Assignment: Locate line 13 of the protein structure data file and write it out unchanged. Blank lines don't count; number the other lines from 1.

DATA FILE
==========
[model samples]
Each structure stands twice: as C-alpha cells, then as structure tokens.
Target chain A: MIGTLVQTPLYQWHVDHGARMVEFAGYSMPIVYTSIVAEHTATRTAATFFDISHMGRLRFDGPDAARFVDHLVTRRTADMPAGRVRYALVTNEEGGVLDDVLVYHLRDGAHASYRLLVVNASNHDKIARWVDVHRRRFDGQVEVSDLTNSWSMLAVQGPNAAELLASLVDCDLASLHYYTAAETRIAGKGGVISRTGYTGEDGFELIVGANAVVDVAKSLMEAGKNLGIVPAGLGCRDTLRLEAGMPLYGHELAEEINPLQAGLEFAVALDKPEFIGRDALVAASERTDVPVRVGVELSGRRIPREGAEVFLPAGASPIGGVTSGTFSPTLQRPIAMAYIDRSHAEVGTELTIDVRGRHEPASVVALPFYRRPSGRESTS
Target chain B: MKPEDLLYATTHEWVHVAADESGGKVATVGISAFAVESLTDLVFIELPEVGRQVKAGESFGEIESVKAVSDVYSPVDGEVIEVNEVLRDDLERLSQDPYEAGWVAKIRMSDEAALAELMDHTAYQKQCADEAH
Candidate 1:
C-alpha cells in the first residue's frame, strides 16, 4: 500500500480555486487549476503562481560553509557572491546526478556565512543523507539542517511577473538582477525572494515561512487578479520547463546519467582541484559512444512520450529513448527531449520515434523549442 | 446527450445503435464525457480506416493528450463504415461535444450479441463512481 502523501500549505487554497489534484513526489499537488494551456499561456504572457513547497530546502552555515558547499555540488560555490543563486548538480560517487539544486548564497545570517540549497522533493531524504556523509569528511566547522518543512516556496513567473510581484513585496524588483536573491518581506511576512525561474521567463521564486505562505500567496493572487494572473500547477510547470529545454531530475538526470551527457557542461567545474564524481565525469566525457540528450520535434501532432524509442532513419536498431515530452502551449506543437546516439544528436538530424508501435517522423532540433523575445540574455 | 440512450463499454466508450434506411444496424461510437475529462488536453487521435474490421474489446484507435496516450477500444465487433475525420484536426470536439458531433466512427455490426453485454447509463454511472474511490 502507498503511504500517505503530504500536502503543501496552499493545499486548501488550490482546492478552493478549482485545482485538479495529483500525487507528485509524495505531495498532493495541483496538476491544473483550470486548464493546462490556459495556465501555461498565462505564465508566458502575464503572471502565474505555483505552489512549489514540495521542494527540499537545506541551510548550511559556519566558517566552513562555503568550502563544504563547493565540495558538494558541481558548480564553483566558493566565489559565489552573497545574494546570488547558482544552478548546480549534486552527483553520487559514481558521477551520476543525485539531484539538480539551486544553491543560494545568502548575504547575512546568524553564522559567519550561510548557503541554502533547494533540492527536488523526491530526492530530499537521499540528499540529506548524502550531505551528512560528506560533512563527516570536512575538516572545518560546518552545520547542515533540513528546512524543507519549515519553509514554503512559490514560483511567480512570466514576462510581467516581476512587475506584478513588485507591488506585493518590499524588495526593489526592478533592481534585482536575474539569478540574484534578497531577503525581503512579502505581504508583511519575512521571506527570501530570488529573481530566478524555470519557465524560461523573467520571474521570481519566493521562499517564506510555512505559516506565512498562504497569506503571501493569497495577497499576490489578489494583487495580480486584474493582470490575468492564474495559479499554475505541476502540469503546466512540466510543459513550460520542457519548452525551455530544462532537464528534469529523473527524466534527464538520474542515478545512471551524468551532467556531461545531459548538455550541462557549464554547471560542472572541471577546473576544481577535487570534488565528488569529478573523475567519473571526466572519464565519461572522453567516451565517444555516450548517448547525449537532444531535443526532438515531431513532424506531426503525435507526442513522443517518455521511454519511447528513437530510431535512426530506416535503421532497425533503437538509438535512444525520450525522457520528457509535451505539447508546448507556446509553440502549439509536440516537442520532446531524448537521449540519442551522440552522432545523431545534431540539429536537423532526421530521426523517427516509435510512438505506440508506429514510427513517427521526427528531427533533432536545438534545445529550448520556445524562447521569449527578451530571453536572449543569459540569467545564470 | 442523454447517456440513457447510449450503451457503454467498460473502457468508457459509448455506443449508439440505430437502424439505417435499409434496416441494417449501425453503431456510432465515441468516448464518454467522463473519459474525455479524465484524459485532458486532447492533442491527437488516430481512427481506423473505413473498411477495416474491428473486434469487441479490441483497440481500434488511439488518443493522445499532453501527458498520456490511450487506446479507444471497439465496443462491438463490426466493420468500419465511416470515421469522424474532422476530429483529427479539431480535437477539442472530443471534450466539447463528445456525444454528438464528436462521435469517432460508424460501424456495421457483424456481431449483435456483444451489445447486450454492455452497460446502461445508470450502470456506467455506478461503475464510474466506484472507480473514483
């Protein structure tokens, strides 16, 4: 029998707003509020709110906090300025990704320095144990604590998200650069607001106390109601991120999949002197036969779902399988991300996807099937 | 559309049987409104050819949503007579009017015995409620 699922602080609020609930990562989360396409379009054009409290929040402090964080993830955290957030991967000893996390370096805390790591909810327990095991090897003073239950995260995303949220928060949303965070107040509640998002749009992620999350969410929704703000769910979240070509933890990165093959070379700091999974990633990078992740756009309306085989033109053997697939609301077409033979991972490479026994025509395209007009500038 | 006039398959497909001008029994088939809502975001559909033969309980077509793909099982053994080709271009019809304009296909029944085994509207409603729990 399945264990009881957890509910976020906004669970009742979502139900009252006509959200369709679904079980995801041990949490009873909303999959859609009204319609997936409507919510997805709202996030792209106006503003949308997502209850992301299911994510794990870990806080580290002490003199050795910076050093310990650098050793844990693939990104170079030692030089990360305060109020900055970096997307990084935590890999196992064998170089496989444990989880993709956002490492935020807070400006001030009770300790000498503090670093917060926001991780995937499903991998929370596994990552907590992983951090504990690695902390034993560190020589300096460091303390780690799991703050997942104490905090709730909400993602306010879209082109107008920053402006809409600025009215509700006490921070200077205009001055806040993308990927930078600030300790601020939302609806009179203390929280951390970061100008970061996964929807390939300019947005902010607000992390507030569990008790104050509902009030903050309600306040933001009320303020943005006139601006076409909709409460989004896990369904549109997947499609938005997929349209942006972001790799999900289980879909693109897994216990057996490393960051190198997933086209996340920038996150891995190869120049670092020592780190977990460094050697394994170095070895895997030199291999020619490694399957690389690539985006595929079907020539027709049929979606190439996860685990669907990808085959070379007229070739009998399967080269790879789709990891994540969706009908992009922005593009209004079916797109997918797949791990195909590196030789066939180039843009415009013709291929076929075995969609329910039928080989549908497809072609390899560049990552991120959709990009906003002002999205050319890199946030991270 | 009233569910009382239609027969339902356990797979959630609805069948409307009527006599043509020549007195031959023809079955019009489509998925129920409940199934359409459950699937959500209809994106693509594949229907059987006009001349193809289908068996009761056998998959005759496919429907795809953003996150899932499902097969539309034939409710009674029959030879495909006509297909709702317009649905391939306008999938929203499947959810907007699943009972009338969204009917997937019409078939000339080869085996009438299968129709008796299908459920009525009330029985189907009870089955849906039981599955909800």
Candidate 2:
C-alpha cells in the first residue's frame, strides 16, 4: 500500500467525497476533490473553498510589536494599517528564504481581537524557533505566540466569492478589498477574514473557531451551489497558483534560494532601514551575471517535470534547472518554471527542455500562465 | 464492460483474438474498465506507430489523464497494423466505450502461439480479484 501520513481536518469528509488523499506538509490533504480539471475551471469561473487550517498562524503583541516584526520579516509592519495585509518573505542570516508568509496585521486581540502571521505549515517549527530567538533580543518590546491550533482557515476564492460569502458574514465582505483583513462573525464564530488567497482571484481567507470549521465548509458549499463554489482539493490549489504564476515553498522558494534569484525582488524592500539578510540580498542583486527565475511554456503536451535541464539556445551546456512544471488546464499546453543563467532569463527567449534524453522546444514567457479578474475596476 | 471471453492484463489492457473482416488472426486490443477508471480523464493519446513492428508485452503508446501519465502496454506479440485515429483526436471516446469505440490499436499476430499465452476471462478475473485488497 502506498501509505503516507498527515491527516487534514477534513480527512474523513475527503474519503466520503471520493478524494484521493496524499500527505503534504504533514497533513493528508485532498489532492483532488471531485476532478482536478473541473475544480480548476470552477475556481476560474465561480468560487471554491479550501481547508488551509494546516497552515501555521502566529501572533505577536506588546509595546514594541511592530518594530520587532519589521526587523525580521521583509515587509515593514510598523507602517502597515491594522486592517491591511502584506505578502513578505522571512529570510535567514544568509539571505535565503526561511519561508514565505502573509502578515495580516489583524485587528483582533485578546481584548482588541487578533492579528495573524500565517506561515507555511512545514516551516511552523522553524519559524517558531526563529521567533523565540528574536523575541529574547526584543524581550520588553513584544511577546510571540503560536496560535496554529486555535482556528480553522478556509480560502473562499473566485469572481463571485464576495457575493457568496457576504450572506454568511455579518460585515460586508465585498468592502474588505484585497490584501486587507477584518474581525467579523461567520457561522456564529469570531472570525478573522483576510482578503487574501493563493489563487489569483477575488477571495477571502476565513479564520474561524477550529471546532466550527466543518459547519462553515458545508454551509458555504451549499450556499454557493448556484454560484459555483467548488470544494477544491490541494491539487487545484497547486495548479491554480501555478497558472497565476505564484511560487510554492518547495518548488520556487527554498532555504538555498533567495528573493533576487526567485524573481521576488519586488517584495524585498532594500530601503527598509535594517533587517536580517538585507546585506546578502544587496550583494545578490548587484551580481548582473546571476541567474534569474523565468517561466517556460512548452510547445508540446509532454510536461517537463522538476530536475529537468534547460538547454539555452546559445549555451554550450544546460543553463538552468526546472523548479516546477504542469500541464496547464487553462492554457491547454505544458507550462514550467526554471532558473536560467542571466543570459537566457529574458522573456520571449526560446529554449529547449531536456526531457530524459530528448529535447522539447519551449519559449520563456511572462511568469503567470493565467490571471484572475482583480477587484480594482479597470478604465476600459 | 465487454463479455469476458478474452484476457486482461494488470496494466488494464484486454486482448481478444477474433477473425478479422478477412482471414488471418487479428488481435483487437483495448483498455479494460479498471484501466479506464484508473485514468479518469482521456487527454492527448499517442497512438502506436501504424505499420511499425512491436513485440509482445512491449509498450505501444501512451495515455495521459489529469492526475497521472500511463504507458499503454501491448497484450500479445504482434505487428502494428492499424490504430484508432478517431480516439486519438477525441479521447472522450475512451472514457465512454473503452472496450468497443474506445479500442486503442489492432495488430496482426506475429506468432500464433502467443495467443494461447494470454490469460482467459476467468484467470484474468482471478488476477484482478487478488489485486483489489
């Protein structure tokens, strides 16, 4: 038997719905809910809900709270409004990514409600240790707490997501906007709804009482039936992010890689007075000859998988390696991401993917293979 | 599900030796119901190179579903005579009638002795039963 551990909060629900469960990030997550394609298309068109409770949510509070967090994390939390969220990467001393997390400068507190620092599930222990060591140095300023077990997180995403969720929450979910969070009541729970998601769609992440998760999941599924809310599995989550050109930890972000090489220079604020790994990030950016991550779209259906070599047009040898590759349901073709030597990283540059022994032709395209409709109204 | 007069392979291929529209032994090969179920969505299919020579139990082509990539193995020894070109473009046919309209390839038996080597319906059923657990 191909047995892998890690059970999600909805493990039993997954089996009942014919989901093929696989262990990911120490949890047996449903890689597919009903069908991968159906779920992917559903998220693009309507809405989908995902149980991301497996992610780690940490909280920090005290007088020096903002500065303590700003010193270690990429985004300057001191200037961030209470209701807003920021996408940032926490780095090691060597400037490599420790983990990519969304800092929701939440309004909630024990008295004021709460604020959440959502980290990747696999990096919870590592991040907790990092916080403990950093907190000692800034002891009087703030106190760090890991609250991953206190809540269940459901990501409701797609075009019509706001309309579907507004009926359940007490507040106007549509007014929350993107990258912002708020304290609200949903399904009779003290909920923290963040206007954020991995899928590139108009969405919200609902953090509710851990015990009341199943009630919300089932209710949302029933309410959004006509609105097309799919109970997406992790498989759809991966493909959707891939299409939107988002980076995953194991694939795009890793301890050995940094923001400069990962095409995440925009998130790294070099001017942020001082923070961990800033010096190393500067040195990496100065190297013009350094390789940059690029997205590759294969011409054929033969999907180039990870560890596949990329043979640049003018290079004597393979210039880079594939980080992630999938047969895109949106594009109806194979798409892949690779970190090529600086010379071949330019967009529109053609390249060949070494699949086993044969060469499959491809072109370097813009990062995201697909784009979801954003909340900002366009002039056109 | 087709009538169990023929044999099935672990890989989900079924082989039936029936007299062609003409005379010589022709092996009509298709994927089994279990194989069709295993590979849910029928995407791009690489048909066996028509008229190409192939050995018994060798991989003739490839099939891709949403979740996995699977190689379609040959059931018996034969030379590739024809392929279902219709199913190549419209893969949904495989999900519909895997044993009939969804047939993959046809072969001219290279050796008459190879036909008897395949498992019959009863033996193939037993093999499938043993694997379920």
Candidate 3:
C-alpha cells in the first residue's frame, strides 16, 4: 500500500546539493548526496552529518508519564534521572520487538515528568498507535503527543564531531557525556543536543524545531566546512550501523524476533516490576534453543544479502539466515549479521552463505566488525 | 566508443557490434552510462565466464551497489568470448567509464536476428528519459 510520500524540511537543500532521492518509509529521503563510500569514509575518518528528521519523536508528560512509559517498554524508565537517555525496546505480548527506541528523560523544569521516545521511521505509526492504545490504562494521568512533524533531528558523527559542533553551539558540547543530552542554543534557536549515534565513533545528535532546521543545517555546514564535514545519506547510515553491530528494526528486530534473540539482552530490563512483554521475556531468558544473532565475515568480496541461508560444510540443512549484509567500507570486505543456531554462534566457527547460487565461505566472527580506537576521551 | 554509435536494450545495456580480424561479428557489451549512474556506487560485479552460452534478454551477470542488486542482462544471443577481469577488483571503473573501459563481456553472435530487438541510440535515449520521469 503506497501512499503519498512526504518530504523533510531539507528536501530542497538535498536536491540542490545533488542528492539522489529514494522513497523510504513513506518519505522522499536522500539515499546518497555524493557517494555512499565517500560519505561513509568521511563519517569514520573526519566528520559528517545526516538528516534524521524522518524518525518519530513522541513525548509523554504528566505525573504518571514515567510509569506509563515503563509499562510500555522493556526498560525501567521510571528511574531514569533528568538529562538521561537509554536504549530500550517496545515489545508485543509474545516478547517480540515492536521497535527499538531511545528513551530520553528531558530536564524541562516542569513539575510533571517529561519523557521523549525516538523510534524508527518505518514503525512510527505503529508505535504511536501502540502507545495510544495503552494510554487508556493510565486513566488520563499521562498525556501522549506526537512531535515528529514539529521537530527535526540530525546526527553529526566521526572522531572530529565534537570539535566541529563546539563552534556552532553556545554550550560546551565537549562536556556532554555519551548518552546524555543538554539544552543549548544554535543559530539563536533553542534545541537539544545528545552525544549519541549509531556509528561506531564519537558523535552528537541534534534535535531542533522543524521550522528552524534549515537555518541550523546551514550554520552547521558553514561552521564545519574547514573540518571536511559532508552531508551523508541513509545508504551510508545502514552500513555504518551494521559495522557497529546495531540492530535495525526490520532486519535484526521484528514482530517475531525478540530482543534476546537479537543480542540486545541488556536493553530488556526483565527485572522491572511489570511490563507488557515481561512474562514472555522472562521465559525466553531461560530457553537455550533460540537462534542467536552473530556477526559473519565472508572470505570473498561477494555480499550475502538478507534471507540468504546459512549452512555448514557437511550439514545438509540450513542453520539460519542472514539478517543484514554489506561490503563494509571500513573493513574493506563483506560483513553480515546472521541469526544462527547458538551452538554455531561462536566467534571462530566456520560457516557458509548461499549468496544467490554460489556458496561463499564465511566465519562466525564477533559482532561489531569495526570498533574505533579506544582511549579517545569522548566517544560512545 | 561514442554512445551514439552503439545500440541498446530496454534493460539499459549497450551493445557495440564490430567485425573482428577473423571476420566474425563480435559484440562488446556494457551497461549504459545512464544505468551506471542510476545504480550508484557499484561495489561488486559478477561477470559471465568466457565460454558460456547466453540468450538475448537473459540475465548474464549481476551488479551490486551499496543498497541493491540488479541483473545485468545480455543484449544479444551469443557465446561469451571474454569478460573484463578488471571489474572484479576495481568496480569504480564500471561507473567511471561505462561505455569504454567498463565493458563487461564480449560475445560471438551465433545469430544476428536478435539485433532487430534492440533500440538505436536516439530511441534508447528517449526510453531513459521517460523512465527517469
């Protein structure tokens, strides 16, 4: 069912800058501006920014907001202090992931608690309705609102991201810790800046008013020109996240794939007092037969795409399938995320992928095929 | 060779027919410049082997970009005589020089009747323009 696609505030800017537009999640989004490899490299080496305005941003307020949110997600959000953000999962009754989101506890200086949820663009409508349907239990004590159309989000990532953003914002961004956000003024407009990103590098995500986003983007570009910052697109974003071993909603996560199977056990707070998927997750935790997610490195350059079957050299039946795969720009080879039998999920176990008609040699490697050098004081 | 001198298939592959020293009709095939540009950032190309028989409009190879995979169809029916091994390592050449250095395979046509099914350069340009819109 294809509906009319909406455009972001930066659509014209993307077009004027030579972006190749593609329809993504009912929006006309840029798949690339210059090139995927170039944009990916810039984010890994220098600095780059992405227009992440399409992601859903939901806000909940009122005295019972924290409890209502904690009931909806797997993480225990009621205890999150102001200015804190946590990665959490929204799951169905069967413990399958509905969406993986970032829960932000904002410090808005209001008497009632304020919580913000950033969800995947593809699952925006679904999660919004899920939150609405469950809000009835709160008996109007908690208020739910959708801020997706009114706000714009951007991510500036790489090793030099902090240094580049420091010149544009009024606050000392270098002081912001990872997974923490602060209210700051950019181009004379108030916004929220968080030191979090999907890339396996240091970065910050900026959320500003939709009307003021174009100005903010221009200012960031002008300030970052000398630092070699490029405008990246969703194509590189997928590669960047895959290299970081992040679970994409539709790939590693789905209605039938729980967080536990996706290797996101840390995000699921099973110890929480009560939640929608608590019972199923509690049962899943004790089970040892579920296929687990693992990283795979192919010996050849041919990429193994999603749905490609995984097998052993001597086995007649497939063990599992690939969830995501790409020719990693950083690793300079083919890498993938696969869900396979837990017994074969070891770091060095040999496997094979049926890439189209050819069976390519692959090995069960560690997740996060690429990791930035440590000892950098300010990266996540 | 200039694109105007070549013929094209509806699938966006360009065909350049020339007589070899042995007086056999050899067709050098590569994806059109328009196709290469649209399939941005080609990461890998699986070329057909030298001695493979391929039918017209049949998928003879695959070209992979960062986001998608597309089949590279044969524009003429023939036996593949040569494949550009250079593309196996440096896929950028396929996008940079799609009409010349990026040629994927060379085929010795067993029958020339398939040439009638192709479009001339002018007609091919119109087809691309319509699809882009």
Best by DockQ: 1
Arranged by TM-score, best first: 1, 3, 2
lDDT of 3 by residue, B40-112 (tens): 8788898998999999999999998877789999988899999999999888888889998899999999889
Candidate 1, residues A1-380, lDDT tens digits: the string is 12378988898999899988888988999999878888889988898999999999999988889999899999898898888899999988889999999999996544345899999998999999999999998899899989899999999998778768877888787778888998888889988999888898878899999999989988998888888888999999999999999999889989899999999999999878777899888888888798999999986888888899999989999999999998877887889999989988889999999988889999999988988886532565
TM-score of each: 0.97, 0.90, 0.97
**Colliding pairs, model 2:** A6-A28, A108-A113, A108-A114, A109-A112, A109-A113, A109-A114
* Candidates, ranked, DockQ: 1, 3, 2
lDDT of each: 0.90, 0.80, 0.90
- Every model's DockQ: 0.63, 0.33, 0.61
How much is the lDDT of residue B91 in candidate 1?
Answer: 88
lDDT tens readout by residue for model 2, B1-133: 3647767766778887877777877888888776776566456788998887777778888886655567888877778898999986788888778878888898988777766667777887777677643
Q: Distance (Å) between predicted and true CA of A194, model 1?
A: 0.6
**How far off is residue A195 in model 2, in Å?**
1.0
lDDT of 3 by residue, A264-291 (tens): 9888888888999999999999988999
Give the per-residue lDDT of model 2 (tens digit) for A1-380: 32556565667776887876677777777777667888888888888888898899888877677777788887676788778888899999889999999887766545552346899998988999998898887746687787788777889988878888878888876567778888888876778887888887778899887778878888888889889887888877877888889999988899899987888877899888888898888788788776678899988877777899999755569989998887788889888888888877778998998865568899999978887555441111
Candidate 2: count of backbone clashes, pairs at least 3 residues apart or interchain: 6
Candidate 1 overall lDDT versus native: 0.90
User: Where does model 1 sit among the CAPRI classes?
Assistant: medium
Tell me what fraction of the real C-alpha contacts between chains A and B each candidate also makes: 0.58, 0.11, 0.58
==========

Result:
């Protein structure tokens, strides 16, 4: 069912800058501006920014907001202090992931608690309705609102991201810790800046008013020109996240794939007092037969795409399938995320992928095929 | 060779027919410049082997970009005589020089009747323009 696609505030800017537009999640989004490899490299080496305005941003307020949110997600959000953000999962009754989101506890200086949820663009409508349907239990004590159309989000990532953003914002961004956000003024407009990103590098995500986003983007570009910052697109974003071993909603996560199977056990707070998927997750935790997610490195350059079957050299039946795969720009080879039998999920176990008609040699490697050098004081 | 001198298939592959020293009709095939540009950032190309028989409009190879995979169809029916091994390592050449250095395979046509099914350069340009819109 294809509906009319909406455009972001930066659509014209993307077009004027030579972006190749593609329809993504009912929006006309840029798949690339210059090139995927170039944009990916810039984010890994220098600095780059992405227009992440399409992601859903939901806000909940009122005295019972924290409890209502904690009931909806797997993480225990009621205890999150102001200015804190946590990665959490929204799951169905069967413990399958509905969406993986970032829960932000904002410090808005209001008497009632304020919580913000950033969800995947593809699952925006679904999660919004899920939150609405469950809000009835709160008996109007908690208020739910959708801020997706009114706000714009951007991510500036790489090793030099902090240094580049420091010149544009009024606050000392270098002081912001990872997974923490602060209210700051950019181009004379108030916004929220968080030191979090999907890339396996240091970065910050900026959320500003939709009307003021174009100005903010221009200012960031002008300030970052000398630092070699490029405008990246969703194509590189997928590669960047895959290299970081992040679970994409539709790939590693789905209605039938729980967080536990996706290797996101840390995000699921099973110890929480009560939640929608608590019972199923509690049962899943004790089970040892579920296929687990693992990283795979192919010996050849041919990429193994999603749905490609995984097998052993001597086995007649497939063990599992690939969830995501790409020719990693950083690793300079083919890498993938696969869900396979837990017994074969070891770091060095040999496997094979049926890439189209050819069976390519692959090995069960560690997740996060690429990791930035440590000892950098300010990266996540 | 200039694109105007070549013929094209509806699938966006360009065909350049020339007589070899042995007086056999050899067709050098590569994806059109328009196709290469649209399939941005080609990461890998699986070329057909030298001695493979391929039918017209049949998928003879695959070209992979960062986001998608597309089949590279044969524009003429023939036996593949040569494949550009250079593309196996440096896929950028396929996008940079799609009409010349990026040629994927060379085929010795067993029958020339398939040439009638192709479009001339002018007609091919119109087809691309319509699809882009």